Treasury estimates the cost of repairing the damage from the September and February earthquakes will be about $15 billion.
In its latest forecasts, released on Sunday, it also assumes economic growth will be $15 billion lower from now until 2015.
Treasury says the 22 February earthquake came at a time when the economy was recovering more slowly than it predicted last December.
It had expected an earlier boost from rebuilding work in Canterbury after the 4 September quake, but this had not occurred, and as a result Treasury was already downgrading its forecast for the first three months of this year.
As well, households and companies continued to keep their wallets firmly shut. Treasury's latest estimate is that the economy did not grow at all in the three months to the end of December, after shrinking in the previous three months.
By the end of last year, if the Treasury is right, the economy grew just 0.5%.
It now expects the economic activity will also shrink in the first three months of the year, but it expects by the end of December growth to have reached 2%. But that is still well down on its earlier forecast of 3.5%.
The unemployment rate is also not expected to fall significantly over the next six months in the wake of the earthquake. Over the longer term, however, recovery work might help lower unemployment.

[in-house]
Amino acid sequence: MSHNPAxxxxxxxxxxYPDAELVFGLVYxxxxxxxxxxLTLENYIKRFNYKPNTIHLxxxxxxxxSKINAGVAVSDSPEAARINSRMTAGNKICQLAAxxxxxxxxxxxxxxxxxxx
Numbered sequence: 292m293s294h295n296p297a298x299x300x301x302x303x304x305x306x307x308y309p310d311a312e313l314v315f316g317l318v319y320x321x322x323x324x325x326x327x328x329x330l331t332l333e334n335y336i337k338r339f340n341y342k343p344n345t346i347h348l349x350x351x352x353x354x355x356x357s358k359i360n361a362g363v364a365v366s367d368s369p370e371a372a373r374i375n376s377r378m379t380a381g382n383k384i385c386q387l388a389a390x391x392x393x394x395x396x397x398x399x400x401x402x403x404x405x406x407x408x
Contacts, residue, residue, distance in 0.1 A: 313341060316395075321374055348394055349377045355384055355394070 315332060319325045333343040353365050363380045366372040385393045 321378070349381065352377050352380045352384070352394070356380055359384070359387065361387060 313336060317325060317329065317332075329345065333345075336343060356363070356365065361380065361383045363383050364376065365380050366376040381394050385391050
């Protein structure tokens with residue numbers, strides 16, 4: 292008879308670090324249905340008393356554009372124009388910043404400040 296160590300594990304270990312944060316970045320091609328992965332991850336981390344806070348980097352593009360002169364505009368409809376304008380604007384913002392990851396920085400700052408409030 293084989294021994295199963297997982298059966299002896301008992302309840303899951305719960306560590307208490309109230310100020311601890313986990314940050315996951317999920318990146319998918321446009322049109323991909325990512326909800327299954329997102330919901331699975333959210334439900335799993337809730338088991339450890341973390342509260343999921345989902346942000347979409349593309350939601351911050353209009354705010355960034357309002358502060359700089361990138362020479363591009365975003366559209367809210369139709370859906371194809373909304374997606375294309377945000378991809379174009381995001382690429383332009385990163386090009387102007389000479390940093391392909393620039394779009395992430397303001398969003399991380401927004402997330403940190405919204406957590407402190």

Treasury says any increase in economic activity brought on by rebuilding work in Christchurch will not take effect until next year and will not offset the overall loss in economic activity of about $15 billion from 2011 to 2015.
Budget deficit will climb
For the Government, that will mean $5 billion less tax over the same period. Finance Minister Bill English says that is manageable given the Government's income is about $330 billion over the five years.
Mr English warns the forecast $11 billion budget deficit for this year will climb as the Government absorbs the cost of earthquake recovery. The Government's share is likely to be about $5 billion and much of the cost will be absorbed in the May Budget.
The minister said the Government would be reluctant to change taxes to help pay for the burgeoning earthquake bill because the economy is pretty flat and the Government has made significant tax changes as part of its long-term strategy.
Treasury warns its figures are best guesses and says it will provide more up-to-date forecasts in the 19 May Budget.
It says last month's quake came at a time when the economy was recovering more slowly than predicted, and it is a line call whether the economy has fallen back into recession.